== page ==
Saturday, September 15, 2012

Lascaux Flash

There's an exciting flash fiction contest happening right now I wanted to tell you about. Using the photo prompt above, submit a piece of fiction (250 words or less) by midnight, September 22 for the chance to win the grand prize: $250, a virtual medal and publication in The Lascaux Review. Instructions for entering are here

I submitted a guest entry--titled "Orange Juice"--which can be found here

My thanks to Stephen Parrish and Wendy Russ for running such a quality contest and literary review. Good luck to all the participants!  

Wednesday, September 12, 2012

Autumn Rhythm

(Autumn Rhythm No. 30 by Jackson Pollock)

Again, September 

where the leaves begin their long surrender

and I hold fast to every before and after. 

Above me, a cacophony of geese, recycling their

rites of spring, fashion themselves into a lopsided 

victory sign, sticking their faith in the future's eye, 

and I salute them, metaphorically at least. 

Remember when poetry was something that happened to you, 

when it pierced you through and through and through?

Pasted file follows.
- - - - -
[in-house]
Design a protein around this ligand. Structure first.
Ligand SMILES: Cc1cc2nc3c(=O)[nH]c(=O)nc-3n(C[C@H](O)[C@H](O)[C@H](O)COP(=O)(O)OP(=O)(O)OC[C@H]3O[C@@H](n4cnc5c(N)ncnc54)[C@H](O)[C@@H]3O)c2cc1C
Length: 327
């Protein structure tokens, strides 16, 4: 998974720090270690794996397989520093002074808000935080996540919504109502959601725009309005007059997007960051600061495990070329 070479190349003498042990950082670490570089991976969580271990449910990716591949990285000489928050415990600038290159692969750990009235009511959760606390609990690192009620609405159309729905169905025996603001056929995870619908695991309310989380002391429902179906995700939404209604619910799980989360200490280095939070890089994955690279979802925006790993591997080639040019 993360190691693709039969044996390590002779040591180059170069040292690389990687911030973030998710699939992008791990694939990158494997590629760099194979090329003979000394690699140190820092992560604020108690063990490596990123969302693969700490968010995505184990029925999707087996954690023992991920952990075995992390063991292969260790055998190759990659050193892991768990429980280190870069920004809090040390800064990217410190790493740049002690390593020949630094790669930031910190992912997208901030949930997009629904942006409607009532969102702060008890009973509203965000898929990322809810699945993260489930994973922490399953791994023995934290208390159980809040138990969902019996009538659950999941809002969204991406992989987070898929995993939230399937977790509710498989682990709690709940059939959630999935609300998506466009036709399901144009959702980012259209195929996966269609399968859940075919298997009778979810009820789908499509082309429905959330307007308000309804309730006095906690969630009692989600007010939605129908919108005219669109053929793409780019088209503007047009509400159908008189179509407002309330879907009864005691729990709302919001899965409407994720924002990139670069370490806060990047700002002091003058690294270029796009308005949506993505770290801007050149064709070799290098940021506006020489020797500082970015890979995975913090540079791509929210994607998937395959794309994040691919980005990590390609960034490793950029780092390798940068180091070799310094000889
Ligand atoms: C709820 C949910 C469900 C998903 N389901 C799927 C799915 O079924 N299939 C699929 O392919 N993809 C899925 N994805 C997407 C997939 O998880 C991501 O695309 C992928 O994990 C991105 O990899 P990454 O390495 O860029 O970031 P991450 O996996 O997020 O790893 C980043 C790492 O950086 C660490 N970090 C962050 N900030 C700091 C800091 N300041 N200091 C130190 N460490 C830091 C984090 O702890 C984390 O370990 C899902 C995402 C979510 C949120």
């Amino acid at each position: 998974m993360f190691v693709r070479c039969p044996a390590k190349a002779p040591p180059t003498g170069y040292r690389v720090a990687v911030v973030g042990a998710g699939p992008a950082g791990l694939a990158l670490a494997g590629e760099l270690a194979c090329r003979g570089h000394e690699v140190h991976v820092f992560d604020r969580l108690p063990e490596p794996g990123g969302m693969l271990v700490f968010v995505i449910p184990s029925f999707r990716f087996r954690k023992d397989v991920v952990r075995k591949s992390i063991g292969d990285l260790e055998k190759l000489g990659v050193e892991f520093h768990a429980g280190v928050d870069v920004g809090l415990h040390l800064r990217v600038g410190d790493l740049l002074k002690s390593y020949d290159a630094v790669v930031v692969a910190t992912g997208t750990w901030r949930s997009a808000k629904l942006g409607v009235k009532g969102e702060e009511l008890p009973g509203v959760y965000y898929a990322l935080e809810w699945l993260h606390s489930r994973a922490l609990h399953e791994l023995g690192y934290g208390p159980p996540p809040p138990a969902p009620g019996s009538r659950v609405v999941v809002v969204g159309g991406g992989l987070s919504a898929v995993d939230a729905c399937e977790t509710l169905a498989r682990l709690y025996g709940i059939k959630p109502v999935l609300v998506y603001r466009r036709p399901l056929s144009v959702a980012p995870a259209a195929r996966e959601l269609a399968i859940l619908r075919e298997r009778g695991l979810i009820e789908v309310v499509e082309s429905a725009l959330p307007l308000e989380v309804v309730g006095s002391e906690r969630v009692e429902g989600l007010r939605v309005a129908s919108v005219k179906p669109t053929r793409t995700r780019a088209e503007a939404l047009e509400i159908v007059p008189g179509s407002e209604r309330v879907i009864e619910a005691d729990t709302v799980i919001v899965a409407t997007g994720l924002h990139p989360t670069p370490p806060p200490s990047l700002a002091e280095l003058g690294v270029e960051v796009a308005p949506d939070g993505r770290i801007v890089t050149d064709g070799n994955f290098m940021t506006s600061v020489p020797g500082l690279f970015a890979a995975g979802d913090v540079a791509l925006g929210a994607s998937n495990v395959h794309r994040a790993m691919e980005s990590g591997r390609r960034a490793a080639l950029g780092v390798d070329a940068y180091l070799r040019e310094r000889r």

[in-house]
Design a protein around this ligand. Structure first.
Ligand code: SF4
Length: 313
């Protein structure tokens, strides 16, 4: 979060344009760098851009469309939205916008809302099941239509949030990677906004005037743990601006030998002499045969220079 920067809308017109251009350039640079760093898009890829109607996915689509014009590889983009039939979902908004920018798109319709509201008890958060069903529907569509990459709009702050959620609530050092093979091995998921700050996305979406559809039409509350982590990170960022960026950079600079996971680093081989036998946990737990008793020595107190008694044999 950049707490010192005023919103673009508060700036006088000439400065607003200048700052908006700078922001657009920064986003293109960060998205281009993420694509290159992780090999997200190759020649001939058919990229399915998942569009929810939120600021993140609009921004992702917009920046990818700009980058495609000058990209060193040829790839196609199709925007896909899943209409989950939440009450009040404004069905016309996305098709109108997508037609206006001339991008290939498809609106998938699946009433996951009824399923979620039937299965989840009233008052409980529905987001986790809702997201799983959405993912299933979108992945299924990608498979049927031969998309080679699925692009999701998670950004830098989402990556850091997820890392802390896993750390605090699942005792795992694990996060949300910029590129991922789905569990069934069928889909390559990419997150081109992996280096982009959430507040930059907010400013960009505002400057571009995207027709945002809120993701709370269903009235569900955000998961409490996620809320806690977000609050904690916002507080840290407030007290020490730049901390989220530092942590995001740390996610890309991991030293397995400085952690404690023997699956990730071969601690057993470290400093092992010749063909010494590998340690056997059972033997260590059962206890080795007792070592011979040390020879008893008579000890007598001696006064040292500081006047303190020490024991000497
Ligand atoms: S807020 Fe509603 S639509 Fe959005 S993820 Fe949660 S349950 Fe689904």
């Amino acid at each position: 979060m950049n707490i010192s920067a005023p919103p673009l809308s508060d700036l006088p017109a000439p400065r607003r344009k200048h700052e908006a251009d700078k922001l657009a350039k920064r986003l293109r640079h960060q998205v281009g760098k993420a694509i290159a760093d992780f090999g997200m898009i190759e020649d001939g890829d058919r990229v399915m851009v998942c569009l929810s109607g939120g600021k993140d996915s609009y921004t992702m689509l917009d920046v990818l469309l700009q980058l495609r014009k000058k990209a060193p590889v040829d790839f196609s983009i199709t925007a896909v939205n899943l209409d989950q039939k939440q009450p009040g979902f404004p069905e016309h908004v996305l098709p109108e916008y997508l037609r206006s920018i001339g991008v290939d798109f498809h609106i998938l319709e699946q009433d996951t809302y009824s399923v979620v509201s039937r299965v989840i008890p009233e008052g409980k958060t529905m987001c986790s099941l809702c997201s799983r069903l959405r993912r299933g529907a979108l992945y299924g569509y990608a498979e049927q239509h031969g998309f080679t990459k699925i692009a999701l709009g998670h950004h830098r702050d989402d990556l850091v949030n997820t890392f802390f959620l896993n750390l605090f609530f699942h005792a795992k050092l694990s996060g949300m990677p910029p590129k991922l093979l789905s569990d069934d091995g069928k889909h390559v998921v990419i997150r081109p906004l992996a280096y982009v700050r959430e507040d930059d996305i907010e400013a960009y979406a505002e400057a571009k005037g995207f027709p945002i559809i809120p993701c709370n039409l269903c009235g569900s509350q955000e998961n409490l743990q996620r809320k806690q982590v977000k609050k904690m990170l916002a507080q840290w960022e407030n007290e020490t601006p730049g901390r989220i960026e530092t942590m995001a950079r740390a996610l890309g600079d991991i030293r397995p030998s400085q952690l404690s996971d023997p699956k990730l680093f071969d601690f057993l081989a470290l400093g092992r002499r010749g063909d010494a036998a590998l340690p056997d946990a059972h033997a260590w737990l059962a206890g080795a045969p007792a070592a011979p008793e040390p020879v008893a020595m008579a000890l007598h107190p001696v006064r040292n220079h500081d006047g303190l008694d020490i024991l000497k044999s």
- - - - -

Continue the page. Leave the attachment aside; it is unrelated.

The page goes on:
When it kissed your knees and encased you in light? 

An apple of Newton’s, God’s own Eureka! 

Of course you do, and I’m happy— 

so pitifully glad to be a part of the mad, happy dance—

yet there’s something to words that makes one a surgeon, 

prone to the dissection and rearranging of miracles. 

So that even as sunshine slides down my sleeve

and empties my pocket of gold and debris, 

a part of the self hangs back, detached,

making of the present a more beautiful past. 

“It was different back then,” 

but the difference is in the remembering,

as we stuck each moment like buddhas on pogo sticks, 

so Zen we thought eternity could be numbered in 

the days before Christmas.

Players on an infant stage, not knowing such

scenes would grow heavier with replay,

we ignored the warning in our grandparents' examples

—bodies bird-light, faces sharpened into arrows—

backs bowed over with layers of sediment.    


Is it possible the phoenix looks to us for inspiration?    

We are the only backward-looking, forward-driven creatures of nature

and autumn is our renewable feast, a creaky time machine set on ache 

one more chance for the leaves to scatter  

so we might leap backward and fore, transitioning

forever, into our piles of lukewarm nostalgia, waiting to 

see where the colors will land so we may jump